Gutacker et al. [21] employ a conditional logit model to estimate determinants for patients’ hospital choice for hip replacement in the UK. On the one hand, the authors find that the clinical outcome indicators 1-year revision rate and 28-day mortality rate are not significant for patients’ hospital choice. On the other hand, 28-day readmission rate and a change in patient-reported outcome measures (PROM) scores impact both the patients’ WTT and hospital demand. Patients are willing to travel an additional 0.9 km or 6% of the average distance for a one SD improvement in the PROM change. Regarding emergency readmission, patients are willing to travel 0.6 km or 4% longer for a one SD improvement of the 28-day emergency readmission rate.

Avdic et al. [19] conclude that for maternal care services in Germany for a one SD improvement of clinical process and outcome quality indicators (decision-to-delivery interval, availability of pediatrician, perineal tear) mothers are willing to travel between 0.2 and 0.6 km longer (2 and 6% of average travel time). WTT for a one SD improvement in service quality are as high as 1.6 km or 15% for medical and nursing services and 0.5 km or 5% for patient recommendation. Varkevisser et al. [9] examine the effect of professional recommendation and clinical outcome quality on patients’ hospital choice for angioplasty in the Netherlands. Their results show that patients are willing to travel 2 min or 9% of average travel time longer for a 1 percentage point lower readmission rate. Considering the different procedures and geographies, we find out results for knee replacement and colorectal resection to be in line with the aforementioned studies.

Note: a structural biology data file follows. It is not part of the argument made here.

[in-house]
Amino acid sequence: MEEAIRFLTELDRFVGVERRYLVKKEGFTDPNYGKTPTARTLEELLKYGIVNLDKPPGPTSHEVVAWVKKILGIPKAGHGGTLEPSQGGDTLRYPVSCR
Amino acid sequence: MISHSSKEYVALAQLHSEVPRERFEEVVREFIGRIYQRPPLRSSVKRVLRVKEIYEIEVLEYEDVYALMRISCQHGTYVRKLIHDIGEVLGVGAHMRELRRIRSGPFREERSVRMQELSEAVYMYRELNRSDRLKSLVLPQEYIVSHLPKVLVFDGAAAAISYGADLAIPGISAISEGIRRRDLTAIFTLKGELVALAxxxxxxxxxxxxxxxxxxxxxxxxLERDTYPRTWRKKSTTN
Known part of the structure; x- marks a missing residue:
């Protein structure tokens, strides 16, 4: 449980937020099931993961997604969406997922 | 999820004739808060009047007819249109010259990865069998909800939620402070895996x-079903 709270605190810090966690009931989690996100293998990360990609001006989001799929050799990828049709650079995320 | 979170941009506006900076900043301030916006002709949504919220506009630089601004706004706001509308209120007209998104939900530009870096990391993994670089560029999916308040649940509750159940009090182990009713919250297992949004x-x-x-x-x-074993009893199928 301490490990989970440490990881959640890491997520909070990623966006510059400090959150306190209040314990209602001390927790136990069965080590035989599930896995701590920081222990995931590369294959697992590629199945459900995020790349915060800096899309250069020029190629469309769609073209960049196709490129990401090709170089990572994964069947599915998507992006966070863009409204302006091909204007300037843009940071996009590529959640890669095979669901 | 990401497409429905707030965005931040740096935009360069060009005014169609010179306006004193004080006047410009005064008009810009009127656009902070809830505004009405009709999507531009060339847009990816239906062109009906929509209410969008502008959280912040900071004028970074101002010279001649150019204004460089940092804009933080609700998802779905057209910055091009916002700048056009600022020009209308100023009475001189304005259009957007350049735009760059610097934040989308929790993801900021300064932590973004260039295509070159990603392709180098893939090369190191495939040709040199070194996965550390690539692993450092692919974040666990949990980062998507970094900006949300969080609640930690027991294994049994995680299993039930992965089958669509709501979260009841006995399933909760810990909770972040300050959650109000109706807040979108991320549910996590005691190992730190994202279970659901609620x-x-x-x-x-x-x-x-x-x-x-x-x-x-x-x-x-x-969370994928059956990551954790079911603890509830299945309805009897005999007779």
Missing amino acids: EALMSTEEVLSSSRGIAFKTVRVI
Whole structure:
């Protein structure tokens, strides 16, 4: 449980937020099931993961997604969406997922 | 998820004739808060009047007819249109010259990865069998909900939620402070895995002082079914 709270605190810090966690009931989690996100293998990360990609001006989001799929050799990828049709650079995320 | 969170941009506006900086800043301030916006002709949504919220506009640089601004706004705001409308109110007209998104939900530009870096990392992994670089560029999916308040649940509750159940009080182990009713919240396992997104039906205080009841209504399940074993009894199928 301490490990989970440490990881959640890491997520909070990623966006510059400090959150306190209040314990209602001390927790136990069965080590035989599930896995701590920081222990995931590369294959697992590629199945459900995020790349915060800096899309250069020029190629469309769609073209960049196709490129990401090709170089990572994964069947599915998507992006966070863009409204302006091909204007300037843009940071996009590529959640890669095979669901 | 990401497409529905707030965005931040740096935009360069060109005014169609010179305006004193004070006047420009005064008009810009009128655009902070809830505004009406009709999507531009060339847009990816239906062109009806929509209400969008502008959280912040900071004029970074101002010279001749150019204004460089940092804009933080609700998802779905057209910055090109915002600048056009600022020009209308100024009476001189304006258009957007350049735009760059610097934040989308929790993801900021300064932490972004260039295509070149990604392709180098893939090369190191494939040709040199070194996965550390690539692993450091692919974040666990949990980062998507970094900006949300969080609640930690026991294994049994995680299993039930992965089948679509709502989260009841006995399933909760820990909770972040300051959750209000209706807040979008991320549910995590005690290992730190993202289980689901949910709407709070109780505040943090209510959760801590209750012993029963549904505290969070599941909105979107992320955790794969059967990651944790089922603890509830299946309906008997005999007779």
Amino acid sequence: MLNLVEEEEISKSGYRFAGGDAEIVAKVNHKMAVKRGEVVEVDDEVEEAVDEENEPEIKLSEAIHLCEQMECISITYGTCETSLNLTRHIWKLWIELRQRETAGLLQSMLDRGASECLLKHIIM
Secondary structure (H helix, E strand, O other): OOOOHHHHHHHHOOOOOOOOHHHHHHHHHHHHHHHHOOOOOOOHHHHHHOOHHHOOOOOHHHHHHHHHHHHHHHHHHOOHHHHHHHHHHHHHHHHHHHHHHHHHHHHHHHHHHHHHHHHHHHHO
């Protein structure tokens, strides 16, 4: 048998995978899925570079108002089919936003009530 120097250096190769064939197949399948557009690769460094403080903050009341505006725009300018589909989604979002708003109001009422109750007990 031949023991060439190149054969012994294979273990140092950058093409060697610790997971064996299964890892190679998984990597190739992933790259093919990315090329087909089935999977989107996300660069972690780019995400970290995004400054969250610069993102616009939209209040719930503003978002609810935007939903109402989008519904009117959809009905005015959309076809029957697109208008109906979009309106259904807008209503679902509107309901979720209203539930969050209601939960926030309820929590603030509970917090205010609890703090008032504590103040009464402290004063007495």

Patient data are collected by patients’ health insurers and a comprehensive data set comprising all patients of a certain procedure as well as patient and hospital location references is not available. Thus, like other German studies on patients’ hospital choice (e.g. [19, 20]) our sample only covers a fraction of all German patients. Nevertheless, the use of AOK patient-level data for 2017 and 2018 allows us to cover approximately 35% of German colorectal resection and knee replacement patients, representing the largest German data set available. As it can be assumed that patient characteristics do not vary considerably between sickness funds, we are confident that our estimates are generalizable.